Sundance just concluded its airing of “Top of the Lake,” which I reviewed back in March. Now that it’s all over, I have some spoiler-iffic thoughts on how everything resolved, coming up just as soon as there is no match for the tremendous intelligence of the body…
Let’s go straight to the bullet points for this, since I already wrote at length about the many great things about the miniseries (particularly the work of Elisabeth Moss and Peter Mullan):
* Like a lot of long-form mysteries (including “The Killing,” to which “Top of the Lake” bares so many resemblances, despite being vastly better) the finale offers a bit of a head fake on the mystery. Al tells everyone that Matt was the father of Tui’s baby, which makes it seem neat, tidy and even just that she winds up shooting him while in the midst of a feral post-partum episode. Matt’s been the villain all along, and though we’ve seen no evidence that he would molest his own daughter, we also wouldn’t necessarily put it past him. Instead, things prove much more complicated, as we discover what the videos that Bob Platt had were really about: Al had been drugging the kids who worked in the barista program and bringing them to his sex dungeon so he and his friends could have their way with them. That fits with everything Tui had said about not knowing how she got pregnant, and doesn’t feel like a cheat because Al had always been presented as a man with questionable motives (what really happened that night Robin wound up in his bed, for instance?).
* Of course, if Al was lying about the baby’s parentage, what else was he lying about? Are Robin and Johnno not biologically related, or was Al telling them that as a weird sort of kindness, and/or an attempt to keep her off his scent?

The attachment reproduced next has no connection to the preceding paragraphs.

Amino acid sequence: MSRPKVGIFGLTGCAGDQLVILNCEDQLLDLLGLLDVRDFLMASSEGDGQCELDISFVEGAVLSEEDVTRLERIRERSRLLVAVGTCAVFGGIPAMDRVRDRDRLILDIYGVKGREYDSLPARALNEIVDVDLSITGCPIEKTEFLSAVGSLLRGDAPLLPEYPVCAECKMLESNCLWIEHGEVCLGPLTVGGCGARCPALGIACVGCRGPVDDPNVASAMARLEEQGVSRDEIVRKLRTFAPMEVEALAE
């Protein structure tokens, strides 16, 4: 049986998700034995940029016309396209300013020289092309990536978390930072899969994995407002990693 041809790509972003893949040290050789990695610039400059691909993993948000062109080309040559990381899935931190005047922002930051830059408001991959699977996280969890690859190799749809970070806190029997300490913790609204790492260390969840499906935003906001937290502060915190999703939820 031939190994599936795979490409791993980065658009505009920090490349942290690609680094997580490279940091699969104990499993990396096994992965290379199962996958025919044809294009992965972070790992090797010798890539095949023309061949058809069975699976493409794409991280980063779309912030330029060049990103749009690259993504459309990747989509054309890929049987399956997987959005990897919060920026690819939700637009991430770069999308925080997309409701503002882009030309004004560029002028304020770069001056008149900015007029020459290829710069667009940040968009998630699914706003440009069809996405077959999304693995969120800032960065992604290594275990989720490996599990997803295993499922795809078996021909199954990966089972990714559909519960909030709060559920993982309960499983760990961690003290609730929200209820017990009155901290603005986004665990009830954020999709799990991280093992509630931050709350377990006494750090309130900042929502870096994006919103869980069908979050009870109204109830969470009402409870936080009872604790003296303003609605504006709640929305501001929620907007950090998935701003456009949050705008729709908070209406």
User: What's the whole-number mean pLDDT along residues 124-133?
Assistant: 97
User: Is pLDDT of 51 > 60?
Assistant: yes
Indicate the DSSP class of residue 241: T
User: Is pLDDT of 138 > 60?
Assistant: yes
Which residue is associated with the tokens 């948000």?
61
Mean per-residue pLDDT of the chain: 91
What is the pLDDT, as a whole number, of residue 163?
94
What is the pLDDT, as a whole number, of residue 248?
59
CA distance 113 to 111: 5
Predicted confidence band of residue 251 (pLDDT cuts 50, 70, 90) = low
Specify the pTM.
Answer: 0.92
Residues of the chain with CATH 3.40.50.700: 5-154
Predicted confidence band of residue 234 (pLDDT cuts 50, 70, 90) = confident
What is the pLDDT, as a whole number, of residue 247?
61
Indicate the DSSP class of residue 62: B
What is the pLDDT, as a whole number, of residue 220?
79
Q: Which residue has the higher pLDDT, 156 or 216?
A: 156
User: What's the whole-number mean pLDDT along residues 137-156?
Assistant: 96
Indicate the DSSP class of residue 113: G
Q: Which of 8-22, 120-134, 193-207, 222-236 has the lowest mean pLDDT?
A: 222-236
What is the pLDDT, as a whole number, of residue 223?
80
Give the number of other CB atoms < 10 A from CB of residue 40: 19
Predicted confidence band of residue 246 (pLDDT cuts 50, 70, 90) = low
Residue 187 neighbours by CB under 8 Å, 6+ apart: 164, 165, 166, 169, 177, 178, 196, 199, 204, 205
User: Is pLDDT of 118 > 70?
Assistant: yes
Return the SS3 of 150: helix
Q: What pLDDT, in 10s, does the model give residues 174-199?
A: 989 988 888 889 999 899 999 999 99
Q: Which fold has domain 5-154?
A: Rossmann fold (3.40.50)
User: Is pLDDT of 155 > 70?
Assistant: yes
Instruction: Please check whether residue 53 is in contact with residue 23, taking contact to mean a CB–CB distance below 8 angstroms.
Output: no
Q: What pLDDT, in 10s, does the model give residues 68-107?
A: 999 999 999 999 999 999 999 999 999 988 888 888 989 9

* Though the scenes at Paradise with GJ and her flock at first felt like they belonged in a different show, and didn’t factor into the mystery part of things, I thought they ultimately worked. Some of it is the charge of the Holly Hunter/Jane Campion reunion, and just seeing Hunter give this weird, still performance. Some of it is the way the setting allowed Campion to explore her usual areas of interest about power, gender politics, feminism, etc., but in an unconventional way; GJ doesn’t really care about these women, but is enjoying the scenery and the chance to be in charge until the time is right to cash out and slip away. Mostly, though, I liked the idea of Paradise as a place for the many damaged individuals of this story to come and try to find peace, whether they understood what GJ was telling them or not. With her career and personal life blown up, Robin needs someplace to go; why not a trailer in the middle of the prettiest field on earth?
* Tui delivering the baby on her own, off-camera, while the town drunk babbled and babbled about all he knew about midwifery from his mother and his book was a terrific, darkly funny scene – and also a case of GJ’s advice being right. Her body did know what to do.
* I alluded to it in the pre-season review, but the scene where Tui’s friend falls off the cliff is among the most horrifying I can remember, just a perfect combination of scenery, plot, stunts and practical effects work. Throughout, Campion and collaborators Garth Davis and Gerald Lee did an excellent job of making that community a place where I could gawk at the scenery and yet never, ever want to visit.
What did everybody else think? If you watched from beginning to end, did you find the whole thing satisfying?